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Under the New York State Human Rights Law, two groups of people with a criminal history are protected: people who have prior favorably resolved arrest records or arrests that gave rise to sealed convictions or youthful offender adjudications, and people who have prior criminal conviction records. There are different obligations that an employer will have under the state law to each of these two groups. Employers in New York City must follow a very specific process in connection with a prospective employee's or existing employee's criminal history. If you believe that a prospective or existing employer has engaged in criminal history discrimination against you, you should consult the New York City criminal history discrimination lawyers at Phillips & Associates. You can also watch the video above to learn more about your legal rights.
Criminal History Discrimination Under State Law
Under state law, it is illegal for an employer to ask about an arrest or accusation that is not pending against you. It is also illegal for an employer to ask about an arrest that has been resolved in your favor, or that has been resolved by a sealed conviction or a youthful offender adjudication.
It is also illegal to require you to give information about the circumstances of an arrest or accusation that is not pending. An employer cannot demand information from an accused person in order to investigate the circumstances behind the arrest. However, it is not illegal to ask about convictions or to ask if you have currently pending accusations or arrests, and to query about the progress of your case through the courts, as well as the final outcome.
You are not protected under the state law as long as the arrest or criminal accusation is pending against you. This means that under the state law, an employer can decide not to hire you or terminate or discipline you, as long as any other applicable law is followed.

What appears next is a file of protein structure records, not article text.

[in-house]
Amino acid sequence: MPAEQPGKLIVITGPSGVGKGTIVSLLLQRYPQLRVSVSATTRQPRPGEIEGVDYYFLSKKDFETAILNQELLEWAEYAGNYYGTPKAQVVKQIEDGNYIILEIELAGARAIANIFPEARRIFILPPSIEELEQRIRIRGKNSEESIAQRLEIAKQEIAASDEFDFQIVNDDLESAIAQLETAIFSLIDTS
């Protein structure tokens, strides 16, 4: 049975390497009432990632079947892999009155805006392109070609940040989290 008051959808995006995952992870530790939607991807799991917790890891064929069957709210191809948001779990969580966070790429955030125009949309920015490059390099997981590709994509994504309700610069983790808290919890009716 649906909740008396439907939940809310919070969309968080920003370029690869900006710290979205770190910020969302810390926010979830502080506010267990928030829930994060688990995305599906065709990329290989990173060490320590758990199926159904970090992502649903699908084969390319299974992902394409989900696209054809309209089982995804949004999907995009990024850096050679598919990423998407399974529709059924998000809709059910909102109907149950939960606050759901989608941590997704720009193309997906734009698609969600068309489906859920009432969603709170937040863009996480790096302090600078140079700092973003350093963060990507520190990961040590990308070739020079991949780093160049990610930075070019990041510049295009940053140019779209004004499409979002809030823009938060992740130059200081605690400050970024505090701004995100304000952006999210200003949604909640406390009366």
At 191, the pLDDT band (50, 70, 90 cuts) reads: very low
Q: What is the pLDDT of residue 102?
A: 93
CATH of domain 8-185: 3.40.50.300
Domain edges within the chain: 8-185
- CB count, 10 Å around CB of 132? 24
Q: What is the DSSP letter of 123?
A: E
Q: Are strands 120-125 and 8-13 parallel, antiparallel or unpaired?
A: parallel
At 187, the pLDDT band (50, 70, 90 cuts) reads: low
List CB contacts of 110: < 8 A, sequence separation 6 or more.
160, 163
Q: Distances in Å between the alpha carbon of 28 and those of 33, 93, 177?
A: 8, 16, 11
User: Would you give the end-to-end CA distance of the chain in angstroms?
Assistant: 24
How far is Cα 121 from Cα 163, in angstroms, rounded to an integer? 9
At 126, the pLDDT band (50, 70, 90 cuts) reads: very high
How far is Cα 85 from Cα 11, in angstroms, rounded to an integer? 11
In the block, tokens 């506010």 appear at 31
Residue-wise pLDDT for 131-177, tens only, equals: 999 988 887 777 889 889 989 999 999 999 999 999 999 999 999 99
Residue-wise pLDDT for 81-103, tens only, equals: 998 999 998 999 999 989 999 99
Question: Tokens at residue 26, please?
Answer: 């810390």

Criminal History Discrimination Under City Law
The New York City Human Rights Law, as amended by the Fair Chance Act, prohibits criminal history discrimination in workplaces under certain conditions. It is illegal for most employers to ask about or consider a job applicant's criminal history until after the employer makes a conditional offer of employment. If an employer wants to withdraw its offer, it needs to give the job applicant a copy of its inquiry into the conviction history, along with at least three days to answer.
Under the Fair Chance Act, a job applicant can refuse to answer a prohibited question without getting disqualified for the prospective job. If you are asked a legitimate question in a job interview, for example, and you inadvertently let slip your criminal history, the employer is still supposed to continue the hiring process and not examine the conviction information until after deciding on the conditional offer of employment. If you suspect that a potential employer did not take these steps, our attorneys can advise you on your specific situation.
After making a conditional offer, an employer can inquire about criminal conviction history or a pending criminal case, run a background check, or ask about the circumstances leading to the conviction. They are not supposed to ask about non-conviction information or act on it.
Article 23-A Factors
New York City employers that want to withdraw a conditional offer need to consider certain factors specified under Article 23-A. These include the employee’s prospective job duties and obligations, the bearing of their conviction history on their fitness or ability to do the job, the time that has passed since the events that gave rise to the conviction, their age when the events happened, the seriousness of the conviction history, rehabilitation information, and their legitimate interest in promoting safety and welfare or protecting property. To deny employment, the employer must be able to show a direct relationship between the criminal record and the prospective work or show that hiring the employee would involve an unreasonable danger to property or the welfare or safety of certain people or the public. It must follow a specific process.
Explore Your Options with a Discrimination Lawyer in New York City
Our firm understands how challenging it is to face criminal history discrimination on the job. If you are concerned about being mistreated in the workplace due to your criminal record, contact Phillips & Associates at (866) 229-9441 or through our online form for a free consultation. Our attorneys handle employment litigation throughout New York City, as well as in Nassau, Suffolk, and Westchester Counties, New Jersey, and Pennsylvania.